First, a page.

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My Note:  DIRECTIVE 2004/18/EC of the European Parliament and of the Council, of 31 March 2004, on the co-ordination of procedures for the award of public works contracts, public supply contracts and public service contracts.

[ For another moment, let’s just overlook the unfortunate use of disability-related language … which fails, utterly, to take account of the 2001 World Health Organization’s International Classification of Functioning, Disability & Health (ICF).  See my previous Posts.]

Article 19 – Reserved Contracts

Member States may reserve the right to participate in public contract award procedures to sheltered workshops or provide for such contracts to be performed in the context of sheltered employment programmes where most of the employees concerned are handicapped persons who, by reason of the nature or the seriousness of their disabilities, cannot carry on occupations under normal conditions.

The contract notice shall make reference to this provision.

Article 26 – Conditions for Performance of Contracts

Contracting authorities may lay down special conditions relating to the performance of a contract, provided that these are compatible with Community law and are indicated in the contract notice or in the specifications.  The conditions governing the performance of a contract may, in particular, concern social and environmental considerations.

ANNEX VI – Definition of Certain Technical Specifications

For the purposes of this Directive:

1. (a)  ‘technical specification’, in the case of public works contracts, means the totality of the technical prescriptions contained in particular in the tender documents, defining the characteristics required of a material, product or supply, which permits a material, a product or a supply to be described in a manner such that it fulfils the use for which it is intended by the contracting authority.  These characteristics shall include levels of environmental performance, design for all requirements (including accessibility for disabled persons) and conformity assessment, performance, safety or dimensions, including the procedures concerning quality assurance, terminology, symbols, testing and test methods, packaging, marking and labelling and production processes and methods.  They shall also include rules relating to design and costing, the test, inspection and acceptance conditions for works and methods or techniques of construction and all other technical conditions which the contracting authority is in a position to prescribe, under general or specific regulations, in relation to the finished works and to the materials or parts which they involve ;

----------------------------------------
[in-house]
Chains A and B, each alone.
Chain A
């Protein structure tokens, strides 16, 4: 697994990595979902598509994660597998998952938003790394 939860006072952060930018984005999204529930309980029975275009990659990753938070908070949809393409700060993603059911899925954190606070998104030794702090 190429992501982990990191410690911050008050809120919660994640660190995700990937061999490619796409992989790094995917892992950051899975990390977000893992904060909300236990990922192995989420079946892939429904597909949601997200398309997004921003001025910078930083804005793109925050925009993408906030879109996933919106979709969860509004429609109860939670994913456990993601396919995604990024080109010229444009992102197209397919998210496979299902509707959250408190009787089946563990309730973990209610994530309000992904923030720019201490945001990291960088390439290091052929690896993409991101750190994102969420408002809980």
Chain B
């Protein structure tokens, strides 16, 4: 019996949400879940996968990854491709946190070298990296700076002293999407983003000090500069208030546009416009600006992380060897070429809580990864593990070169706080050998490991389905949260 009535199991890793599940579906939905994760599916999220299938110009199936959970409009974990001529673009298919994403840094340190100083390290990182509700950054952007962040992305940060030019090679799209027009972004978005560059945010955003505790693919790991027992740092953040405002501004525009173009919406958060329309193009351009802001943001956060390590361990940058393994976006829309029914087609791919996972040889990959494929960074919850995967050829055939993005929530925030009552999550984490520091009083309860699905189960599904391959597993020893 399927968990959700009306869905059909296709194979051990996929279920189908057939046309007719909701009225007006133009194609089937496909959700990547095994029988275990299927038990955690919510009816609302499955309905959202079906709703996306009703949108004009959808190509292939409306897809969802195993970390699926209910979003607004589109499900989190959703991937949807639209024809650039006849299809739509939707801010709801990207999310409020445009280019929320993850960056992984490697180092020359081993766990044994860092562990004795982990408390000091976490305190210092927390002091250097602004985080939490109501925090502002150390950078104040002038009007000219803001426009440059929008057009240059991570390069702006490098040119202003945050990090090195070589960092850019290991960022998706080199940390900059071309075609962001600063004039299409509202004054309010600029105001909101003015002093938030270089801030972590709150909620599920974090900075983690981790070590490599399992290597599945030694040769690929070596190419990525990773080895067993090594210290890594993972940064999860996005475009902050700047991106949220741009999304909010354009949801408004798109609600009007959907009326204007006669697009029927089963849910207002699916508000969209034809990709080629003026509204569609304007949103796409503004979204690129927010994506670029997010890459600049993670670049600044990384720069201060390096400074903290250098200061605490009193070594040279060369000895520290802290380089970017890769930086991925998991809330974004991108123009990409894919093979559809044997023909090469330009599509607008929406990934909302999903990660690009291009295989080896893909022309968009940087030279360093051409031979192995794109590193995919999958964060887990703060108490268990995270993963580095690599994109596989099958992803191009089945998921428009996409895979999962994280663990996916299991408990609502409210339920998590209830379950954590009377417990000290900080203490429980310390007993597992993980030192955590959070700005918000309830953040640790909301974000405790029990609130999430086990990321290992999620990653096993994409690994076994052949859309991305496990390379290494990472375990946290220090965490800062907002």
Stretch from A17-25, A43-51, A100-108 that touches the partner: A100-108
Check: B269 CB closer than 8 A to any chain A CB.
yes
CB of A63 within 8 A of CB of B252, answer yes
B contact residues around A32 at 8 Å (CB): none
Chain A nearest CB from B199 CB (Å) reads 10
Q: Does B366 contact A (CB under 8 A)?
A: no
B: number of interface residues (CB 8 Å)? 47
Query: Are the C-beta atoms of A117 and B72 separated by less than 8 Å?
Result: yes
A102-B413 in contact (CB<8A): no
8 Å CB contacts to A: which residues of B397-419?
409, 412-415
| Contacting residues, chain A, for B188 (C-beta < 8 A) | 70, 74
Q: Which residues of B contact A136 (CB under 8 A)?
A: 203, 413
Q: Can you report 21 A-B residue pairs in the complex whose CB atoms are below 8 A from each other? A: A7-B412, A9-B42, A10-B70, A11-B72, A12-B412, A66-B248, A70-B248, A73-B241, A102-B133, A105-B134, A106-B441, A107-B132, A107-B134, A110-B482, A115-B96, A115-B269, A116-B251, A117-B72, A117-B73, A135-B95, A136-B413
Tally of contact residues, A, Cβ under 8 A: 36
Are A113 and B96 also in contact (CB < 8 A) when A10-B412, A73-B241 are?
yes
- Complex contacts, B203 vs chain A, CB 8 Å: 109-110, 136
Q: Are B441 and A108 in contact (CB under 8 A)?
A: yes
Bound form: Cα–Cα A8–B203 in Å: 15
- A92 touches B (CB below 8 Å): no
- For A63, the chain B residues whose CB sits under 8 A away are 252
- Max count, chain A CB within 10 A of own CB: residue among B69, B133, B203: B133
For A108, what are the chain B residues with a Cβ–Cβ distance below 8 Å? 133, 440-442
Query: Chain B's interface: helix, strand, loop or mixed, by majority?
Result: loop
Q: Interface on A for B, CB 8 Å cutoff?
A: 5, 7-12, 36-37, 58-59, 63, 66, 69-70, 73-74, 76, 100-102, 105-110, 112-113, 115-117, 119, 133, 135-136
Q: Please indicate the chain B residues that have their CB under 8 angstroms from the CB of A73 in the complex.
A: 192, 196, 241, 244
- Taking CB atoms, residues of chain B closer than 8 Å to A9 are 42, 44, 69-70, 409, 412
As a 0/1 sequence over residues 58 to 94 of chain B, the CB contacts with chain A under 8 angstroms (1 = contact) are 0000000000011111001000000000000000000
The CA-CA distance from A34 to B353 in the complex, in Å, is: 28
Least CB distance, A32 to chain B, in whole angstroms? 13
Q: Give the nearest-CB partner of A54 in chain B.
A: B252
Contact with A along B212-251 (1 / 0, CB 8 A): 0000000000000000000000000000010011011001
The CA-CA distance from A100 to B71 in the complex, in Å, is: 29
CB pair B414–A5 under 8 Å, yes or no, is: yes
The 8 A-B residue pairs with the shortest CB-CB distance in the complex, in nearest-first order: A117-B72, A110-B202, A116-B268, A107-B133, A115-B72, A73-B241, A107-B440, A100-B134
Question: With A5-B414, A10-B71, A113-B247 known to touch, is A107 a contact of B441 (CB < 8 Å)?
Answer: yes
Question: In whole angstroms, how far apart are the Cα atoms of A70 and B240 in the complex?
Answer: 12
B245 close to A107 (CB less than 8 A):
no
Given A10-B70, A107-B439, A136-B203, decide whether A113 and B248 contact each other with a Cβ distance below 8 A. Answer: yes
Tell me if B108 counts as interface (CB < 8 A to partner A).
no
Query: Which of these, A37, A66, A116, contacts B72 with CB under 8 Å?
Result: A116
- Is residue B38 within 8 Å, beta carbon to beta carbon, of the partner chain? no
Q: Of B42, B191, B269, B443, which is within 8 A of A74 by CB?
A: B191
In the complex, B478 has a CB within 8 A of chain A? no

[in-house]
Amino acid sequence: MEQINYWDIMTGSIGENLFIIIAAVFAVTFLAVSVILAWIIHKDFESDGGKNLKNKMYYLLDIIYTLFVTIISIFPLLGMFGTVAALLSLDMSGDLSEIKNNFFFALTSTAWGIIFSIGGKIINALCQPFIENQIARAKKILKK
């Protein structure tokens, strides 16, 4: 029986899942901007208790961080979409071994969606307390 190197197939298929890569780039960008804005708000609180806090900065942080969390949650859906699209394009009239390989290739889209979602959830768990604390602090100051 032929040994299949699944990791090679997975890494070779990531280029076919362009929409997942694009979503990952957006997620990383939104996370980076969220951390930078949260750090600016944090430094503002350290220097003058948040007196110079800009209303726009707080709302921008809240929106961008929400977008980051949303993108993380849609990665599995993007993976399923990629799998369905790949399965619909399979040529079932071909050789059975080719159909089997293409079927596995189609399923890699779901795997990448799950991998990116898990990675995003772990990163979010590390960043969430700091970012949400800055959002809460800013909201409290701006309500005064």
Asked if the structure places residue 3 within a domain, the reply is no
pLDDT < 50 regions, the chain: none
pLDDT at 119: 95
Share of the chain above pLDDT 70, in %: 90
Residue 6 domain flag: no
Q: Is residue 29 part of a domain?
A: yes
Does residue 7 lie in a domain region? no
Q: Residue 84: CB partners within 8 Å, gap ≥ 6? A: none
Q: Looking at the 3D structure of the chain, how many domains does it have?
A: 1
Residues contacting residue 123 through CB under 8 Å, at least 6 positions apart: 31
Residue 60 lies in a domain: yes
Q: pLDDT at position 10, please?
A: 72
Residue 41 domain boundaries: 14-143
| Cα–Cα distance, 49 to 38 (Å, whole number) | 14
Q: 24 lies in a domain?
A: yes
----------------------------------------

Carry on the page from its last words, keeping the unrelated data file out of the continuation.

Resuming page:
(b)  ‘technical specification’, in the case of public supply or service contracts, means a specification in a document defining the required characteristics of a product or a service, such as quality levels, environmental performance levels, design for all requirements (including accessibility for disabled persons) and conformity assessment, performance, use of the product, safety or dimensions, including requirements relevant to the product as regards the name under which the product is sold, terminology, symbols, testing and test methods, packaging, marking and labelling, user instructions, production processes and methods and conformity assessment procedures ;

2.  ‘standard’ means a technical specification approved by a recognised standardising body for repeated or continuous application, compliance with which is not compulsory and which falls into one of the following categories:

–  International Standard: a standard adopted by an international standards organisation and made available to the general public ;

–  European Standard: a standard adopted by a European standards organisation and made available to the general public ;

–  National Standard: a standard adopted by a national standards organisation and made available to the general public.

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In order for a Criterion … any Criterion … to be acceptable within the European Union’s Public Procurement Framework, it should be expressly linked to the subject matter of the Contract … should be specific … and should be capable of objective verification.

Beware !!